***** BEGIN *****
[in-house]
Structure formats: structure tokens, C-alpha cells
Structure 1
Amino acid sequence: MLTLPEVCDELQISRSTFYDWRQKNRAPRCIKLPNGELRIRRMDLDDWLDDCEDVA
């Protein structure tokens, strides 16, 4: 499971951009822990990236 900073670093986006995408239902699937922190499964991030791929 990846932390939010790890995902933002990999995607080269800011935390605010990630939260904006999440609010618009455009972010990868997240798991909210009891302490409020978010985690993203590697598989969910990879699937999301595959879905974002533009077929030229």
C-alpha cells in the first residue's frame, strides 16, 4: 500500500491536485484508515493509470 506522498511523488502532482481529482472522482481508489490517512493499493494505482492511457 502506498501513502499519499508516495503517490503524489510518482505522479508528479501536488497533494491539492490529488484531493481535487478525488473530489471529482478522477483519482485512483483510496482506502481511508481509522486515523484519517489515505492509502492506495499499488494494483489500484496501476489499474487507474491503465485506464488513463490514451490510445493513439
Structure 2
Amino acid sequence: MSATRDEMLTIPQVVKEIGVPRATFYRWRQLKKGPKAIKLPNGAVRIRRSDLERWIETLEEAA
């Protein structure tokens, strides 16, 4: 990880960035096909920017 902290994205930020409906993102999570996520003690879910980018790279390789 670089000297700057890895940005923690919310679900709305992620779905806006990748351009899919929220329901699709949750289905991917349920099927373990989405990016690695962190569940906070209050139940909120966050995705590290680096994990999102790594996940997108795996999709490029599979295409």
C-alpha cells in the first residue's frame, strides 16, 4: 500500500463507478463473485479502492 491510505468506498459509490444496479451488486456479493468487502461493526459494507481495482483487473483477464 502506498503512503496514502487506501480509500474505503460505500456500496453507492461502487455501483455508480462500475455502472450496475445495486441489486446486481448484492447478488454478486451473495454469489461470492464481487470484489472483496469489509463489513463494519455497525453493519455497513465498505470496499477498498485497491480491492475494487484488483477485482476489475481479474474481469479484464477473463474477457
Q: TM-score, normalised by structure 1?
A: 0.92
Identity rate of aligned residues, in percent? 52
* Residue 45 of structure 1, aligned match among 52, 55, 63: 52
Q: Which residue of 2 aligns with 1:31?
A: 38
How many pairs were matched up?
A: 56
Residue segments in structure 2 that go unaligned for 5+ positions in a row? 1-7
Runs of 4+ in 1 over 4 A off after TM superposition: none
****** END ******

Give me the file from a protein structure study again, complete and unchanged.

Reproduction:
[in-house]
Structure formats: structure tokens, C-alpha cells
Structure 1
Amino acid sequence: MLTLPEVCDELQISRSTFYDWRQKNRAPRCIKLPNGELRIRRMDLDDWLDDCEDVA
């Protein structure tokens, strides 16, 4: 499971951009822990990236 900073670093986006995408239902699937922190499964991030791929 990846932390939010790890995902933002990999995607080269800011935390605010990630939260904006999440609010618009455009972010990868997240798991909210009891302490409020978010985690993203590697598989969910990879699937999301595959879905974002533009077929030229």
C-alpha cells in the first residue's frame, strides 16, 4: 500500500491536485484508515493509470 506522498511523488502532482481529482472522482481508489490517512493499493494505482492511457 502506498501513502499519499508516495503517490503524489510518482505522479508528479501536488497533494491539492490529488484531493481535487478525488473530489471529482478522477483519482485512483483510496482506502481511508481509522486515523484519517489515505492509502492506495499499488494494483489500484496501476489499474487507474491503465485506464488513463490514451490510445493513439
Structure 2
Amino acid sequence: MSATRDEMLTIPQVVKEIGVPRATFYRWRQLKKGPKAIKLPNGAVRIRRSDLERWIETLEEAA
């Protein structure tokens, strides 16, 4: 990880960035096909920017 902290994205930020409906993102999570996520003690879910980018790279390789 670089000297700057890895940005923690919310679900709305992620779905806006990748351009899919929220329901699709949750289905991917349920099927373990989405990016690695962190569940906070209050139940909120966050995705590290680096994990999102790594996940997108795996999709490029599979295409």
C-alpha cells in the first residue's frame, strides 16, 4: 500500500463507478463473485479502492 491510505468506498459509490444496479451488486456479493468487502461493526459494507481495482483487473483477464 502506498503512503496514502487506501480509500474505503460505500456500496453507492461502487455501483455508480462500475455502472450496475445495486441489486446486481448484492447478488454478486451473495454469489461470492464481487470484489472483496469489509463489513463494519455497525453493519455497513465498505470496499477498498485497491480491492475494487484488483477485482476489475481479474474481469479484464477473463474477457
Q: TM-score, normalised by structure 1?
A: 0.92
Identity rate of aligned residues, in percent? 52
* Residue 45 of structure 1, aligned match among 52, 55, 63: 52
Q: Which residue of 2 aligns with 1:31?
A: 38
How many pairs were matched up?
A: 56
Residue segments in structure 2 that go unaligned for 5+ positions in a row? 1-7
Runs of 4+ in 1 over 4 A off after TM superposition: none